Rig speak 101: Livin’ that camp life

Trinidad Drilling International Rig Accommodations

Rig hands can spend up to half the year away from home, often working in remote locations, and sometimes in other countries. Exposed to the elements for up to twelve and a half hours a shift, they need to be well-rested and well-fed to perform their duties safely and efficiently on the rig.

For newcomers to the drilling business, here’s a look at where rig hands hang their hats at the end of the day. Welcome to camp life!

Camp jobs: Living at or near your drilling rig

Alright, so drilling camps (a.k.a. man camps) can’t compare to home, but camp suppliers have done what they can to create a place with everything rig hands need to be comfortable.

Texas camps

Rig Camp Mess Hall
Rig Camp Mess Hall

One of the most common camp situations are what the industry calls “Texas camps,” where crews are responsible for supplying their own bedding, cooking supplies, groceries, and toiletries. Texas camps often consist of shared (and sometimes individual) bedrooms and bathrooms, a kitchen, television room, meeting rooms and a recreation room. They can be located at the rig site, or nearby.

Full-service camps

Anyone that’s stayed at a full-service camp knows they’ve hit the jackpot in terms of living situations – pending the quality of their food caterer, of course. These camps are often shared with other crews working in the area and offer full-service cooking, cleaning and laundry; wifi; a gym; and entertainment options like movie theatres and games rooms.

Here’s a (really nice) example of a full-service camp, similar to Rig 57’s when it was in Fort McMurray, Alberta:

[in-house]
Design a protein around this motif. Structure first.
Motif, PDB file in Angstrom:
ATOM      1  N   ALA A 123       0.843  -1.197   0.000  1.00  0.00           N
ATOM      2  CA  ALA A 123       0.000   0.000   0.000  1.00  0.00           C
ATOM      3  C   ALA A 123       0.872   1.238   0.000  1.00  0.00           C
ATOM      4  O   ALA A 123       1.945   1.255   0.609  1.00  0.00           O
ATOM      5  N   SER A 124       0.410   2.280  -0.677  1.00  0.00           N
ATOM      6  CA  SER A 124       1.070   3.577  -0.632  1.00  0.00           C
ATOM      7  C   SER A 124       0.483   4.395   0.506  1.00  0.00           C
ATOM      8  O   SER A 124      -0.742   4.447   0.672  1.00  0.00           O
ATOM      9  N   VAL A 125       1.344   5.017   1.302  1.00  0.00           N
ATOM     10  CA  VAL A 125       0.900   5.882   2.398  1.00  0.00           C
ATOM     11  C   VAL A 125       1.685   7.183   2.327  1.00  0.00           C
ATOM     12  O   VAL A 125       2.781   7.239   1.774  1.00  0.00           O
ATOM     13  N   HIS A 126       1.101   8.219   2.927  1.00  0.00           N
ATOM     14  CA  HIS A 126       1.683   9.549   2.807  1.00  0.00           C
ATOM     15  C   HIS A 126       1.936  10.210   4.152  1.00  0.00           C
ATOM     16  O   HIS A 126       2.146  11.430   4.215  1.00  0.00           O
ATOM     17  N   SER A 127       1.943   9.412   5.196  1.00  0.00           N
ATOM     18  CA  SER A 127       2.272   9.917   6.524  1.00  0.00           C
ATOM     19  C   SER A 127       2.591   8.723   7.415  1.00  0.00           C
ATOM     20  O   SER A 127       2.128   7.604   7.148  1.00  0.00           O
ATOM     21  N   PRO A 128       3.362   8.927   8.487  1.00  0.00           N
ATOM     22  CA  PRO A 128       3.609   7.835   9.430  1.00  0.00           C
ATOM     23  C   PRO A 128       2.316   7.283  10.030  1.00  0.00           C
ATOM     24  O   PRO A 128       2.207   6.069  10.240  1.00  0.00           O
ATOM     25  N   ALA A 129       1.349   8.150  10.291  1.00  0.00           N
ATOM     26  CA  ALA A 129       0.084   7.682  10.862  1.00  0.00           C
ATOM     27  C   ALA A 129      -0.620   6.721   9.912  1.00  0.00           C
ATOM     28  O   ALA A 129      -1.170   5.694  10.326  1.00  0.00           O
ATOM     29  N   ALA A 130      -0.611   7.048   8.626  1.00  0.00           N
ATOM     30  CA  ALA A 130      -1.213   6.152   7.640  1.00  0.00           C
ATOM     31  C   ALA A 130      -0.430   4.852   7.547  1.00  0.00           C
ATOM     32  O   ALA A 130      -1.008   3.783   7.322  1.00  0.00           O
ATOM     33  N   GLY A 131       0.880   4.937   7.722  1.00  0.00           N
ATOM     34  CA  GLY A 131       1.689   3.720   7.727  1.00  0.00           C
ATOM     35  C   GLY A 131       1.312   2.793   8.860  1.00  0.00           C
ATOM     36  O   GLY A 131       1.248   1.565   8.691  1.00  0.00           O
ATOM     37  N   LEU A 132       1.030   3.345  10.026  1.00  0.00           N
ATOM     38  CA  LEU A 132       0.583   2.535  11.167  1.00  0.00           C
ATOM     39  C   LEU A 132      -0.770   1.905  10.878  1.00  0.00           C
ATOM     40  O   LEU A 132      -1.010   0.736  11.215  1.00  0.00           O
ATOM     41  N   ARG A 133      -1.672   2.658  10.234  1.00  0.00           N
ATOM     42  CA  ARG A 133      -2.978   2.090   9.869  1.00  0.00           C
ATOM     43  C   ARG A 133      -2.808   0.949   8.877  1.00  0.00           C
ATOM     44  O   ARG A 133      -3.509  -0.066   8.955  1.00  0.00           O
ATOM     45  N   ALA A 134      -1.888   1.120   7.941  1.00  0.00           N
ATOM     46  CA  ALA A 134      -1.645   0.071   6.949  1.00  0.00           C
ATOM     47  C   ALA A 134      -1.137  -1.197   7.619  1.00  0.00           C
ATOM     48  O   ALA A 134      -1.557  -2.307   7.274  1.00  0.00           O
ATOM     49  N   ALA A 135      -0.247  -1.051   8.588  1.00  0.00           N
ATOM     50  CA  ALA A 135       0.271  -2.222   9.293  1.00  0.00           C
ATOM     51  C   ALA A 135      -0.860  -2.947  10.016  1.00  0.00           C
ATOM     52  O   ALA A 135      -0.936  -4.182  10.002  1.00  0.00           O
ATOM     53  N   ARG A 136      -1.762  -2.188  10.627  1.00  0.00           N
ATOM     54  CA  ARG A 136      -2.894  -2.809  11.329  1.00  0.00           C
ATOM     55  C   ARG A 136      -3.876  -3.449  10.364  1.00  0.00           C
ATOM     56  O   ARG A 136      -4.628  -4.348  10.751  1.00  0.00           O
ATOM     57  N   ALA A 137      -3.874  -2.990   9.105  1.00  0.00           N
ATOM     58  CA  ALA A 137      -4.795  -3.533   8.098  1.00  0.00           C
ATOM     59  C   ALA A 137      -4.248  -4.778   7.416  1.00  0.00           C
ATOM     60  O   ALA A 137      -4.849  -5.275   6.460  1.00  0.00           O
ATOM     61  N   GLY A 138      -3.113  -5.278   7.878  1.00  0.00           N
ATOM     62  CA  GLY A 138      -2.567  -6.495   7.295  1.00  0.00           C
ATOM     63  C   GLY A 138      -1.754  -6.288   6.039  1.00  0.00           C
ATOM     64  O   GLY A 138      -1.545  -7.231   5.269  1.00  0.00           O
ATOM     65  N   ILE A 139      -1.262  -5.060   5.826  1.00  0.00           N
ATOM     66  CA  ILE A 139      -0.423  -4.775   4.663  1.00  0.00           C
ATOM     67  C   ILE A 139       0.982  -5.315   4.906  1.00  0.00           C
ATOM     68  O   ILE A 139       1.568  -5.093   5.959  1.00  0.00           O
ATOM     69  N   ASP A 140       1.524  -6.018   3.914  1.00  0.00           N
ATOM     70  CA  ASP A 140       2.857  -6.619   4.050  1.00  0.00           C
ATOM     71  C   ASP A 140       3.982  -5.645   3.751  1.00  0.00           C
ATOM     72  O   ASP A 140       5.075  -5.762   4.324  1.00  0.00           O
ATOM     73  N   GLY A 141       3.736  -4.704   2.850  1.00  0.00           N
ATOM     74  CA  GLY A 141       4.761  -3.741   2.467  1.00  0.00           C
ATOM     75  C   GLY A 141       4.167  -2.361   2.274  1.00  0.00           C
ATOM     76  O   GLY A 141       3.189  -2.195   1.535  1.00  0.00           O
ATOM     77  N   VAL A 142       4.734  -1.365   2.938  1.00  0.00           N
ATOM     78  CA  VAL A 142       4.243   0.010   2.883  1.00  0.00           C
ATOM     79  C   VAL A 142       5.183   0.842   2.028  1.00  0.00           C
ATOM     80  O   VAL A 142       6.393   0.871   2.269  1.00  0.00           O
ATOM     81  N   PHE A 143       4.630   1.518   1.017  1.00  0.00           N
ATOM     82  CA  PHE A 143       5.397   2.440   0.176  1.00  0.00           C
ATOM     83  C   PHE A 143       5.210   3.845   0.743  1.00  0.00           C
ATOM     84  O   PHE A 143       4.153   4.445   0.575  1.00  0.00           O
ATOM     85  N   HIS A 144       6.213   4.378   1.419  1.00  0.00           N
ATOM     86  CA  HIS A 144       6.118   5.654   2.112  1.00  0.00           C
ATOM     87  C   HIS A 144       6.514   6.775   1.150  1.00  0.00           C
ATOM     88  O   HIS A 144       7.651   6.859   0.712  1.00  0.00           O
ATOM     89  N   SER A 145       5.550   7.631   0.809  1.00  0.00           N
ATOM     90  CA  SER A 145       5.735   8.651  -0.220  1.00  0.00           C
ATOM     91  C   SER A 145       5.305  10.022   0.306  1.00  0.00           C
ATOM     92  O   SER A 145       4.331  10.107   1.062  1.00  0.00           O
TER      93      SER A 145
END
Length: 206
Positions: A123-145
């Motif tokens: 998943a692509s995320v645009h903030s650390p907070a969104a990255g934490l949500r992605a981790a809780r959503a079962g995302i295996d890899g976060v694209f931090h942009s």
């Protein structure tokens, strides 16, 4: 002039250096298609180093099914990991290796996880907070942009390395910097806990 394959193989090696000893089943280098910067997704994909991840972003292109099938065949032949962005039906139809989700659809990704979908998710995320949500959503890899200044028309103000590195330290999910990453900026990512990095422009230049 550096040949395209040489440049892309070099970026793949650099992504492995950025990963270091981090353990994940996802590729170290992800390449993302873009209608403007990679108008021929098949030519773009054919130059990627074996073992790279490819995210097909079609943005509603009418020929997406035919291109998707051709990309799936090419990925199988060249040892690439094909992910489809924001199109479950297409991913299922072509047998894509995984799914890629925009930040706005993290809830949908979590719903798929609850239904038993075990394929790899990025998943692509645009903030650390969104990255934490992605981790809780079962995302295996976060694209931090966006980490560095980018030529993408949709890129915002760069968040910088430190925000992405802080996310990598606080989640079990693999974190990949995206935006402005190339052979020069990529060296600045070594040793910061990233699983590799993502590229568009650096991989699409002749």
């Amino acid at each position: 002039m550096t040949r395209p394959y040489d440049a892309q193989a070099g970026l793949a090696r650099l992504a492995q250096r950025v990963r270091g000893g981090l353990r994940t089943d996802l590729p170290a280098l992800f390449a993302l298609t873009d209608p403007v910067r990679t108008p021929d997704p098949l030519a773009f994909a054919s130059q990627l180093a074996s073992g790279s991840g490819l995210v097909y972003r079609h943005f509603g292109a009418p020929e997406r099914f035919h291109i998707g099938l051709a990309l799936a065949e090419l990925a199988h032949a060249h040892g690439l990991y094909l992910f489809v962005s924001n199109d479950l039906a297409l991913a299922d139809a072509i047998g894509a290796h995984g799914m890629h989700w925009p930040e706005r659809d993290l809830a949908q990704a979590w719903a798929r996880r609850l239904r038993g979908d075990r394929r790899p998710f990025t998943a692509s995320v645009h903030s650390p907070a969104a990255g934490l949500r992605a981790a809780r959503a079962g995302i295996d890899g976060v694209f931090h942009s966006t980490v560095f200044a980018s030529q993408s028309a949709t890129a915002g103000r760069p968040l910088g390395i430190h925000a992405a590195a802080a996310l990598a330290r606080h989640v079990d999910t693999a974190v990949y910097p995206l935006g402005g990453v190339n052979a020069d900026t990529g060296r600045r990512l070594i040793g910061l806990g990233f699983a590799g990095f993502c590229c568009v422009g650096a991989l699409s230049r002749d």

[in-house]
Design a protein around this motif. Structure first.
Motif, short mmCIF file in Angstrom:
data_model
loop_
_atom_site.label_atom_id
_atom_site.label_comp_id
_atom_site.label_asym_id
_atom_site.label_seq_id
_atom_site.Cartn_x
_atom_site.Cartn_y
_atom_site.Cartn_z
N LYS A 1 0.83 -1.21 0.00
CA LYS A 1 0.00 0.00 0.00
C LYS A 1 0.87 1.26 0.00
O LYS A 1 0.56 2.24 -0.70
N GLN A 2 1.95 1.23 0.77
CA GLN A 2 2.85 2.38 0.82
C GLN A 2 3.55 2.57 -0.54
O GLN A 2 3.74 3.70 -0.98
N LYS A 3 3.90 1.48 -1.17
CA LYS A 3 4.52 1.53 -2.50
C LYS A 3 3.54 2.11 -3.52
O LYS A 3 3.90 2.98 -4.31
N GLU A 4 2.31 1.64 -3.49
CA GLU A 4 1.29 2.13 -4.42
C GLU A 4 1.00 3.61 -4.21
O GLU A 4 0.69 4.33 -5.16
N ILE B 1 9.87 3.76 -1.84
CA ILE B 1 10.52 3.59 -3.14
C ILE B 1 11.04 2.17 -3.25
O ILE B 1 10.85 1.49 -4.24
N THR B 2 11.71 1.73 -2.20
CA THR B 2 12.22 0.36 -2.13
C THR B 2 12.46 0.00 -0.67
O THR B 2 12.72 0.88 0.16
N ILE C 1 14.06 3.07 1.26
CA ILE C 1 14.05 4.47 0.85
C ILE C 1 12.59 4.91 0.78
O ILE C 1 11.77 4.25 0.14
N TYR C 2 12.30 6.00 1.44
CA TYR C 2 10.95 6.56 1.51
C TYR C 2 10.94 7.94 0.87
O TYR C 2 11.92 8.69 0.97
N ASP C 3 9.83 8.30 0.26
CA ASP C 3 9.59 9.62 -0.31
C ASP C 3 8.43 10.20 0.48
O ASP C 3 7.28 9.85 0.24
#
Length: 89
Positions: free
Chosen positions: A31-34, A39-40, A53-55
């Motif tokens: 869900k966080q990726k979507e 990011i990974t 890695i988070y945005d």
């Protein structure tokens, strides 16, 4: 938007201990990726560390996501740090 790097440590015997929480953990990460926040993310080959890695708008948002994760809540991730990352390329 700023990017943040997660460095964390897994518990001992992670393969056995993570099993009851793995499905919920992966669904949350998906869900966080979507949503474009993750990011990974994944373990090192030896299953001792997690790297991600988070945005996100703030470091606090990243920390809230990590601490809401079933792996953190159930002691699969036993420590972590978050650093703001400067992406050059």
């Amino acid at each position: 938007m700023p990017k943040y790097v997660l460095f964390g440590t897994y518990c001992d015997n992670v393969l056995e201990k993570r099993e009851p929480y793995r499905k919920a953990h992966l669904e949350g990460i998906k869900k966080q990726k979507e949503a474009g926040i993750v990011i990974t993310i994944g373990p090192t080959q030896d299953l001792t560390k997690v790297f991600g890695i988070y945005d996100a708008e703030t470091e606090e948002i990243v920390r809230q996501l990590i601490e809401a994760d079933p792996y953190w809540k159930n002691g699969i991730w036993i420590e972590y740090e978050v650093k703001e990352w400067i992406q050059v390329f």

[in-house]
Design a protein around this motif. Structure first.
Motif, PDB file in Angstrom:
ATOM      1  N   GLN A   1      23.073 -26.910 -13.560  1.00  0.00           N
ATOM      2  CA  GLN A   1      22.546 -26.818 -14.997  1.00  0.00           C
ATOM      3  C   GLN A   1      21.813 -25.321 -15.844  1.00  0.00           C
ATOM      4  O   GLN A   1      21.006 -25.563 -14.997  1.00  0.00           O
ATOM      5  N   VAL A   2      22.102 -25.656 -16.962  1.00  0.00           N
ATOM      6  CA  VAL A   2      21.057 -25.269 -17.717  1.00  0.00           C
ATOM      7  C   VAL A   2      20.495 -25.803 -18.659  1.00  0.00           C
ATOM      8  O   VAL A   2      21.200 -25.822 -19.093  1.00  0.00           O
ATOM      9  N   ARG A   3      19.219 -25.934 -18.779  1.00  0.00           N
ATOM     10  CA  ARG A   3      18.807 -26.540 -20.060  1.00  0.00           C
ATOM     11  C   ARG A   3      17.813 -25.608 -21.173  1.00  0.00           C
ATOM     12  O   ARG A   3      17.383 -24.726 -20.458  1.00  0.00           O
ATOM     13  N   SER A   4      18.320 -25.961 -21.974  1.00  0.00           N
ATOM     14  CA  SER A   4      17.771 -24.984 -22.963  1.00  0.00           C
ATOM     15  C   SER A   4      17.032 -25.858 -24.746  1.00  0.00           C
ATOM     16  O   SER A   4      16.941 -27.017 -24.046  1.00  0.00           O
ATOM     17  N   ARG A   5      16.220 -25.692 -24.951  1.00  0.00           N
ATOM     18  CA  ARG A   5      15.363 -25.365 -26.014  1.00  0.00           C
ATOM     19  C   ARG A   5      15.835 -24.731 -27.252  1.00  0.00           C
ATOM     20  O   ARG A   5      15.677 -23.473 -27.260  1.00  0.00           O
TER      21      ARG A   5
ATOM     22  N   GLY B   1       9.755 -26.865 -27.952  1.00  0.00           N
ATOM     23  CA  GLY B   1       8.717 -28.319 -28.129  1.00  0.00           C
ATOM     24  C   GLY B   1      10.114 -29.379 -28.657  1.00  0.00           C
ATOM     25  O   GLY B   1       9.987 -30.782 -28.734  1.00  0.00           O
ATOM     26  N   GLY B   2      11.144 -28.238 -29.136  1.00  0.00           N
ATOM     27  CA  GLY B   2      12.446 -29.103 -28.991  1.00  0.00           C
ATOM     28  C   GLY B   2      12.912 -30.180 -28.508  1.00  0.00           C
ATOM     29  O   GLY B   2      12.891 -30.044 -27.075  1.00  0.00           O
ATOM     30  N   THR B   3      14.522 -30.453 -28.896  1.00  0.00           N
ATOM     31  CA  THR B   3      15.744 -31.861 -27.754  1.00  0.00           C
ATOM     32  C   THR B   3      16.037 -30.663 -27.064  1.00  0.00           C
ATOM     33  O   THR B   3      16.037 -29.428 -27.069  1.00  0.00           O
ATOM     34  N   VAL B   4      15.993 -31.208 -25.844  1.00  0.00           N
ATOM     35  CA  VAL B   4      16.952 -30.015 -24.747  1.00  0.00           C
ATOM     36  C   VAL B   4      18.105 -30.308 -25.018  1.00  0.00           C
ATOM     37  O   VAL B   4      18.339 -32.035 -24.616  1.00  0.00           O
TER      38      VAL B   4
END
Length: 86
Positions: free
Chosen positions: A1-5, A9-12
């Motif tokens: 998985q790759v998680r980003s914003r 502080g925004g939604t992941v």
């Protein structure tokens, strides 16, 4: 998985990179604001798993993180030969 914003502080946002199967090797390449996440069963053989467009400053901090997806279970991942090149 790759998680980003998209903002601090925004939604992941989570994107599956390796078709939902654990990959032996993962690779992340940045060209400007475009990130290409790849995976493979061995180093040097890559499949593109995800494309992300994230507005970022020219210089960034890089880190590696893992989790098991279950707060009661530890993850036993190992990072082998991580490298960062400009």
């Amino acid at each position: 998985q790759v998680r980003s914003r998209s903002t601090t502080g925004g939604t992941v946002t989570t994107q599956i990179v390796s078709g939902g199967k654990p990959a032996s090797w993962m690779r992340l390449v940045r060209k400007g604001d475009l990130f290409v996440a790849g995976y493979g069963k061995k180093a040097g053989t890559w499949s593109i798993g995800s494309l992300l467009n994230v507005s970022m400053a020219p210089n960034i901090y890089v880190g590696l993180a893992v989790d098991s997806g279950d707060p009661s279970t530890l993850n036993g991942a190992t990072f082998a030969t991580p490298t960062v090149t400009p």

Non-camp jobs: home and hotels

When camps aren’t provided, rig hands have a few other options, based on the location and operator.

Commuting from home

Rig Camp Bedroom
Rig Camp Bedroom

Depending on how close the rig is to home, some rig hands choose to head home every day at the end of their shift. Our rig crews in Manitoba and Saskatchewan, for example, work eight-hour shifts, rather than the Canadian industry-norm twelve-hour shifts and make the drive to and from the rig each day.


If a camp isn’t provided, staying in hotels near the rig is another option. In this case, crews often pay for their expenses upfront, but are provided subsistence pay to cover the cost of living away from the rig.

Staying at campsites during summer months

During summer months, some Canadian rig hands have the option to stay in their personal trailers or RVs at nearby campsites. Trust us, there’s nothing like homemade smokies and s’mores over a campfire at the end of a long day slinging tongs.

Camp life = quality time with your rig family

Rig Camp Television Room
Rig Camp Television Room

The living arrangements at a drilling rig may not be the most glamourous, but we can assure you the time spent in camp mess halls and kitchens are where some of the best brotherhoods are built.

Want to learn more about rig life and lingo? Check out other posts in our “Rig speak 101” series:

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